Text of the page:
Nuclear is not the solution to the energy challenge, it is part of the problem
(European Energy Review - commentary/blog (you may need to register), 03 Jun 12) As the UK gears up for a crucial decision on the building of new nuclear power plants, the voices in support of nuclear energy are getting louder. They claim that climate change cannot be addressed without an expansion of nuclear capacity. Renewable energies are said to be too costly and immature. Actually, the reverse is true, argues Thiemo Gropp, Director of the Desertec Foundation. Nuclear power is too costly and immature. What the UK and Europe should be doing is investing in building a supergrid that can support the expansion of renewables.
Jeffrey Sachs, Director of the Earth Institute and professor of sustainable development at Columbia University, said last month that the urgency of climate change and the immaturity of the renewable energy industry leave us with little option but an expansion of nuclear power. In so doing, he joined a group of vocal nuclear advocates in Europe and the US who insist that nuclear power must form an important part of any serious attempt to curb greenhouse gas emissions. This simply isn't true.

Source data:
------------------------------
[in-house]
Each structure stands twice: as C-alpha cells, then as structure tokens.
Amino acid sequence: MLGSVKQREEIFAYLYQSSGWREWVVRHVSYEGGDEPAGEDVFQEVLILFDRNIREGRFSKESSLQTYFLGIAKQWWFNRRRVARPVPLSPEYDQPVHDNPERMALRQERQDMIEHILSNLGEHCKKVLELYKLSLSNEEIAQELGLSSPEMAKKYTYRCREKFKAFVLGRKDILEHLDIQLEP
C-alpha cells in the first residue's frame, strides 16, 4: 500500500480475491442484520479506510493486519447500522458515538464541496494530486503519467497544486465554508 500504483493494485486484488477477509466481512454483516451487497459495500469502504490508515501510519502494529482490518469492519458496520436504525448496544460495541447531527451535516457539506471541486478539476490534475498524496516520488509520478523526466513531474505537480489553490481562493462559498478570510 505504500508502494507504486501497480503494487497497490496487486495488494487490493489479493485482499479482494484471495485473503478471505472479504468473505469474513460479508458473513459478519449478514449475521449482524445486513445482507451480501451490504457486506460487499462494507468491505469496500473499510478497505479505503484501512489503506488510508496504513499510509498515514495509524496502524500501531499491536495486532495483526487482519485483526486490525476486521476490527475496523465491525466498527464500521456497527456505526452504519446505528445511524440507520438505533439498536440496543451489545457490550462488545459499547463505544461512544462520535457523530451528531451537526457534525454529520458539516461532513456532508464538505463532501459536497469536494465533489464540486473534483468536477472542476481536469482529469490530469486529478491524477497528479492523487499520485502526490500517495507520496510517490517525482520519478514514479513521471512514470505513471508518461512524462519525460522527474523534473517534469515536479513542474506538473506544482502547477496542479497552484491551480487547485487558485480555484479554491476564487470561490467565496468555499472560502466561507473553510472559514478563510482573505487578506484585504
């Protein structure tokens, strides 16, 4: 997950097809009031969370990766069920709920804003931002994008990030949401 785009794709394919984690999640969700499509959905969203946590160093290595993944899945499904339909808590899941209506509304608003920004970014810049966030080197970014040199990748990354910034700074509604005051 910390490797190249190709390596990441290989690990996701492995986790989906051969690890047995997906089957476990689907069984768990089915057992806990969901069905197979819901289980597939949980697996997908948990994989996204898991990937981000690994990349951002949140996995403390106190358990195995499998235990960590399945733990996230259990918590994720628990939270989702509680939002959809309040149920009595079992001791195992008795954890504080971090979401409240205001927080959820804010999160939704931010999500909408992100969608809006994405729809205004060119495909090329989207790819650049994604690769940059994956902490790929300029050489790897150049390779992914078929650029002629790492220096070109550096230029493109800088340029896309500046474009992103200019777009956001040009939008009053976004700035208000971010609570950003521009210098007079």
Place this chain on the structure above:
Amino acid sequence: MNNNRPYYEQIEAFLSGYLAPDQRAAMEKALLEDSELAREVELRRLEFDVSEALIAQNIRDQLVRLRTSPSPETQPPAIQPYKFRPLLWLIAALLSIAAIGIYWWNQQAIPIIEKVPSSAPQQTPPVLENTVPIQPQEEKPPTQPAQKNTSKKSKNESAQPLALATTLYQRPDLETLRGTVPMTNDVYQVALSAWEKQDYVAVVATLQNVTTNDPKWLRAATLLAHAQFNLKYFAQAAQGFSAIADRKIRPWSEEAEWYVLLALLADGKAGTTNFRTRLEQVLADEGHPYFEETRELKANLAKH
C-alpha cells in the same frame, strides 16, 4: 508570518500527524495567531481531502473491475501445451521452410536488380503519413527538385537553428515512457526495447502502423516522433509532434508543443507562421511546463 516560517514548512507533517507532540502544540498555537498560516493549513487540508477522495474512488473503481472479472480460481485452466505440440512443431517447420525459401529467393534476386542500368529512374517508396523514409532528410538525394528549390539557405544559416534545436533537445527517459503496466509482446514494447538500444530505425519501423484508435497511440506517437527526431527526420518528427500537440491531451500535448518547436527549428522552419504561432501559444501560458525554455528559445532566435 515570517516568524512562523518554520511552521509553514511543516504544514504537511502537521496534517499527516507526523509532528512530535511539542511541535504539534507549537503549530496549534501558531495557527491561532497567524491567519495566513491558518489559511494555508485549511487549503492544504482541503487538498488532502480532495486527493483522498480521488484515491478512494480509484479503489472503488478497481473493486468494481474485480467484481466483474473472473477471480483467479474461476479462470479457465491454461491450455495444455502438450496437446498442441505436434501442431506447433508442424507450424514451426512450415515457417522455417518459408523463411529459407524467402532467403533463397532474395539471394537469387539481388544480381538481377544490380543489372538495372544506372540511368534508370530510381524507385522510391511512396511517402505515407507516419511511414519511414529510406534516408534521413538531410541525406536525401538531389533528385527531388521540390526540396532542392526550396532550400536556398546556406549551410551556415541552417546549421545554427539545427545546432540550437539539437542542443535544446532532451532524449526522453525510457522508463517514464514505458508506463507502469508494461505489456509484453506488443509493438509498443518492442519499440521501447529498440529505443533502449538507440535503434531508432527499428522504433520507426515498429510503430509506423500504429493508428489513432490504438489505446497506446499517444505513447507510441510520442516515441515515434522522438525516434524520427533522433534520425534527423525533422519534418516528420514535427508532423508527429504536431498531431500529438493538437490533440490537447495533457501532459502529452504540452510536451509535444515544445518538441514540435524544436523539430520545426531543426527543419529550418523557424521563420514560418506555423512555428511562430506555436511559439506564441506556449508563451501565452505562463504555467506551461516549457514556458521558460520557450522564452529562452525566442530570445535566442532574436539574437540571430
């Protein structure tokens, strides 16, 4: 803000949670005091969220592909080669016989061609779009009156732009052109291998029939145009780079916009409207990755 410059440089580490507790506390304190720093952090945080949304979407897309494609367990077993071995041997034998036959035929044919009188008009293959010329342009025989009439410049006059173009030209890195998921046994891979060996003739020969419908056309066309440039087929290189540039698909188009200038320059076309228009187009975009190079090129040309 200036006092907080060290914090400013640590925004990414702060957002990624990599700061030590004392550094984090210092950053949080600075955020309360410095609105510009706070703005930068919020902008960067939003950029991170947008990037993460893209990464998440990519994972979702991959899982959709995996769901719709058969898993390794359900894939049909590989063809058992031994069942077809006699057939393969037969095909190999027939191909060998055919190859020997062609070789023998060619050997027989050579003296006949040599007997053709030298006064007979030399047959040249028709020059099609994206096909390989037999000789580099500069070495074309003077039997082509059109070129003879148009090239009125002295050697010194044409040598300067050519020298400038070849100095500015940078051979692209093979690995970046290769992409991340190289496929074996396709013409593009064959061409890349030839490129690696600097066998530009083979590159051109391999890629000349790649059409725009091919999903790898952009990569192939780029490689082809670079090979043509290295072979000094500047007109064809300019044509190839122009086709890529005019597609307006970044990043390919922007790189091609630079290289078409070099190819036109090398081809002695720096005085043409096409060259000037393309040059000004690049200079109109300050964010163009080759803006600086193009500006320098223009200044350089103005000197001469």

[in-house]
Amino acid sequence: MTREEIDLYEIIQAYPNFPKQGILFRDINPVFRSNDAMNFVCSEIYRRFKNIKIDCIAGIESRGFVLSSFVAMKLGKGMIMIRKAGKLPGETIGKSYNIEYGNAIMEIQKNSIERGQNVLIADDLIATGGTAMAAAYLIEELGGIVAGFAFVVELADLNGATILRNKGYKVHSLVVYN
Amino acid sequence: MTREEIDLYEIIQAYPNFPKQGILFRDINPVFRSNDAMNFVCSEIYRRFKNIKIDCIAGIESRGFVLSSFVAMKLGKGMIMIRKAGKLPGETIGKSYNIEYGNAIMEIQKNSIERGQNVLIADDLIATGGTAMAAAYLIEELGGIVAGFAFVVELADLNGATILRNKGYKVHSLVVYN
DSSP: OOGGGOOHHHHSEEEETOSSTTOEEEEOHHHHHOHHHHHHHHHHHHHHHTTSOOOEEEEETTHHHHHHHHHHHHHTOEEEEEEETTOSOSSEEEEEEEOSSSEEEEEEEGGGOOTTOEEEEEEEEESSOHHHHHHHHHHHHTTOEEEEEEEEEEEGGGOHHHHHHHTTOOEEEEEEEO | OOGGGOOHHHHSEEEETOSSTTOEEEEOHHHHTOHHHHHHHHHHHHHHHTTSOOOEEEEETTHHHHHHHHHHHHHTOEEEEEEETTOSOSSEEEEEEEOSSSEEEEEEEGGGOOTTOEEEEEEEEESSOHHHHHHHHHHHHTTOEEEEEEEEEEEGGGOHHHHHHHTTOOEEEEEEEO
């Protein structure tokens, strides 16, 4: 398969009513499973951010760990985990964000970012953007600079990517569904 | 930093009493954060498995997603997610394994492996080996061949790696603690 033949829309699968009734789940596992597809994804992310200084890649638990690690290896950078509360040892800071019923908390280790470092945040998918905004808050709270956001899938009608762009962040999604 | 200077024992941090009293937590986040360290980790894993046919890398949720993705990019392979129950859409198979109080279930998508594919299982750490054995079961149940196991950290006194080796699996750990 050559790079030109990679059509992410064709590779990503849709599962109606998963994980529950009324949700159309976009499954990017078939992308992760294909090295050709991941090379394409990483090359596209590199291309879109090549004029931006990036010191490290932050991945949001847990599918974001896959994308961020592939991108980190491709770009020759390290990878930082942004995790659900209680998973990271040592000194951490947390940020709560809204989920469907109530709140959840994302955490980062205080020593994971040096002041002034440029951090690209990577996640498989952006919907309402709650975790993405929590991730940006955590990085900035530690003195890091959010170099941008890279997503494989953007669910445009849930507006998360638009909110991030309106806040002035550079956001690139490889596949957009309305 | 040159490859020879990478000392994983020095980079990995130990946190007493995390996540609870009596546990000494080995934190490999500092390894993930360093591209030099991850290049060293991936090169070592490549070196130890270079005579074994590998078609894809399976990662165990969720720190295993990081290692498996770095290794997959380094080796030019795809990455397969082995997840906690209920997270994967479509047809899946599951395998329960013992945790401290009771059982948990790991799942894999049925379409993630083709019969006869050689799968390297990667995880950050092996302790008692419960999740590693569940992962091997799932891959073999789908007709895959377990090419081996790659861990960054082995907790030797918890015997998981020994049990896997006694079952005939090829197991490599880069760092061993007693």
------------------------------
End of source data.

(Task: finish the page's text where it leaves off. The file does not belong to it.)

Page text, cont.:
In the midst of the heated debate about our energy future, it is important to remember that nuclear power is just one of a range of technologies that we could employ to help address our dangerous dependency on fossil fuels, each with their particular strengths and challenges.
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